Talk:Inverse element

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 Field: Algebra

left/right matrix inverse[edit]

I think the phrase

If the determinant of M is zero, it is impossible for it to have a one-sided inverse; therefore a left inverse or right inverse implies the existence of the other one.

is redundant, and not very clear, (IMHO):

  1. why det=0 => no one-sided inverse ?
  2. why "no one-sided inverse" => "l/r inverse implies existence of the other" ?
  3. more specifically, why is a left inverse matrix also is a right inverse ?

But as I already did some "cutting", I'll leave it for the moment... MFH 15:17, 5 Apr 2005 (UTC)


I disagree...

This problem stated on this page is slightly confusing to me:


  \begin{bmatrix}
    17 & 22 & 27 \\
    22 & 29 & 36\\
    27 & 36 & 45
  \end{bmatrix}

The statement above that this "Is a singular matrix, and can't be inverted." is partly incorrect. An inverse is shown here:


  \begin{bmatrix}
    1.25 & 0.0 & -0.75 \\
    0.0 & 0.0 & 0.0 \\
    -0.75 & 0.0 & 0.47222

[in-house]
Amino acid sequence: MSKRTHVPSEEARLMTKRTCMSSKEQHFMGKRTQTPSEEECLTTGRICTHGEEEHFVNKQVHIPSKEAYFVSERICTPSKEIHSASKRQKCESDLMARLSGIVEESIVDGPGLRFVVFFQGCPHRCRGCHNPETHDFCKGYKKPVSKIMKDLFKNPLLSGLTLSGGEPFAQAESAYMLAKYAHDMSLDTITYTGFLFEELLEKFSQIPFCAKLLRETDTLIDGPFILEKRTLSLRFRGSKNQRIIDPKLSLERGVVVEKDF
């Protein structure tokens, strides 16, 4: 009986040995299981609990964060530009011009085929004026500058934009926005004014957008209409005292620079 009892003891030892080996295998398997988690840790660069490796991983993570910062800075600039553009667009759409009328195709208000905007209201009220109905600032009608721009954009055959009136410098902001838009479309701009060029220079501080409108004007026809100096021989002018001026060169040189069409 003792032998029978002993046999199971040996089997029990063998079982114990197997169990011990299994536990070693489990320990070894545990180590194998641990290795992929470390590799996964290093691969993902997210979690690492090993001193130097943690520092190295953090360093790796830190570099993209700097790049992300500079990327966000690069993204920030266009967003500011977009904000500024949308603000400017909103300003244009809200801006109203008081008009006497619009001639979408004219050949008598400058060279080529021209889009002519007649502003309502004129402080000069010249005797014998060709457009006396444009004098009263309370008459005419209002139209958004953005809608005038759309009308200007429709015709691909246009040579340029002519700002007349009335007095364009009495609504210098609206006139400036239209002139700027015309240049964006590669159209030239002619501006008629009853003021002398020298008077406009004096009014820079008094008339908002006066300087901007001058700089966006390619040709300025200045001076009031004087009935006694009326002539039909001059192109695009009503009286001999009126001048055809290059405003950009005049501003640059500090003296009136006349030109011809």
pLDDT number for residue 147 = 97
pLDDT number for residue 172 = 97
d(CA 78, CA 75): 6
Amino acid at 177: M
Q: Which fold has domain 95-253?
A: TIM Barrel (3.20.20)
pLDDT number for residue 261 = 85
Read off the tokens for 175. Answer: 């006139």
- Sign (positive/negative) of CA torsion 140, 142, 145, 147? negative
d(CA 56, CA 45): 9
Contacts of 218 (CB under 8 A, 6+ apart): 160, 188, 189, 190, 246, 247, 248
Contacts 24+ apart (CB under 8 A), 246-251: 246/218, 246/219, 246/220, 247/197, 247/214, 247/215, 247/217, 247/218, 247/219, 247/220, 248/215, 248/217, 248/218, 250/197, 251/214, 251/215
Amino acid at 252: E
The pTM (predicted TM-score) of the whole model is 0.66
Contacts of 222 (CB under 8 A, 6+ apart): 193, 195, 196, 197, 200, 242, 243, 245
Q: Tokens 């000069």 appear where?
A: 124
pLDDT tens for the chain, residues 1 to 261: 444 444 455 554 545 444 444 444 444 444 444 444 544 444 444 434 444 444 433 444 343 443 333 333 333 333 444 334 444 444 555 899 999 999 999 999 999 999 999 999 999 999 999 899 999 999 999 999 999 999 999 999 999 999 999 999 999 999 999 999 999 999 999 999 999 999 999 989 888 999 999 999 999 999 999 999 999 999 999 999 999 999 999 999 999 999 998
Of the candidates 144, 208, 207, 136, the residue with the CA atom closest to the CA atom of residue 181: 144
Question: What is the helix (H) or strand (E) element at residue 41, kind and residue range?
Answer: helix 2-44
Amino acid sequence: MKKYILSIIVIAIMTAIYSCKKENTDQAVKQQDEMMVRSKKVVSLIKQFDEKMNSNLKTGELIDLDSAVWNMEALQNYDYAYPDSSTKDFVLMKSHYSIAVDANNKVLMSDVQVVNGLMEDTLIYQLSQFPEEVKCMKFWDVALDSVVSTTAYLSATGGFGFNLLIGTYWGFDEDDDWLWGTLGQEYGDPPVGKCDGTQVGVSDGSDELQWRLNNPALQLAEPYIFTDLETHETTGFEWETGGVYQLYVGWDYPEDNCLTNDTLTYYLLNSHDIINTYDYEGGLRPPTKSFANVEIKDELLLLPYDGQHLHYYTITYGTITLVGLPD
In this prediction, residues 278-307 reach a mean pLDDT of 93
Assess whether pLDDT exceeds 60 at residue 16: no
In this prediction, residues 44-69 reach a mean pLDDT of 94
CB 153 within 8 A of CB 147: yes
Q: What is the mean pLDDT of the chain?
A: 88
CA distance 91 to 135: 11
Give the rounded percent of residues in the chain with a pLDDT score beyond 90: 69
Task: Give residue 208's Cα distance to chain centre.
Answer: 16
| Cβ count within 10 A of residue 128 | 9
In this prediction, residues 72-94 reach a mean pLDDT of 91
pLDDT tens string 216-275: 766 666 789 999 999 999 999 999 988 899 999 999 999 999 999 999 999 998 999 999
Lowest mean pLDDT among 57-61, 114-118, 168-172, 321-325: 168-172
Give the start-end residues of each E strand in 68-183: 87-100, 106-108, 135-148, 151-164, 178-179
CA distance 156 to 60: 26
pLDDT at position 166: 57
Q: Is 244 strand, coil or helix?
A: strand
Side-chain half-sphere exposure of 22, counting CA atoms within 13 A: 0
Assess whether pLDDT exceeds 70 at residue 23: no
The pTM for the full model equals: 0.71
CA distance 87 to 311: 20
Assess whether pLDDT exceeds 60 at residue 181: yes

\end{bmatrix}

This matrix is a left and right hand inverse (Moore-Penrose properties 1 and 2).

The null-space for this matrix is:


  \begin{bmatrix}
    0.0 & -0.5 & 0.0 \\
    0.0 & 1.0 & 0.0 \\
    0.0 & -0.5 & 0.0
  \end{bmatrix}

There are an infinite number of solutions to the underspecified or singular matrix. The calculations are not difficult and are described on the http://mjollnir.com/matrix/demo.html page. Should I create a wikipedia page to describe the algorithm?

The original matrix was:


  \begin{bmatrix}
    1 & 2 & 3 \\
    4 & 5 & 6
  \end{bmatrix}

Using the http://mjollnir.com/matrix/demo.html site online calculator, a pseudo-inverse is directly calculated:


  \begin{bmatrix}
    -1.0 & 0.5 \\
    0.0 & 0.0 \\
    0.666667 & -0.166667
  \end{bmatrix}

The null space is the same as the above:


  \begin{bmatrix}
    0.0 & -0.5 & 0.0 \\
    0.0 & 1.0 & 0.0 \\
    0.0 & -0.5 & 0.0
  \end{bmatrix}

rand huso (talk) 18:08, 23 February 2008 (UTC)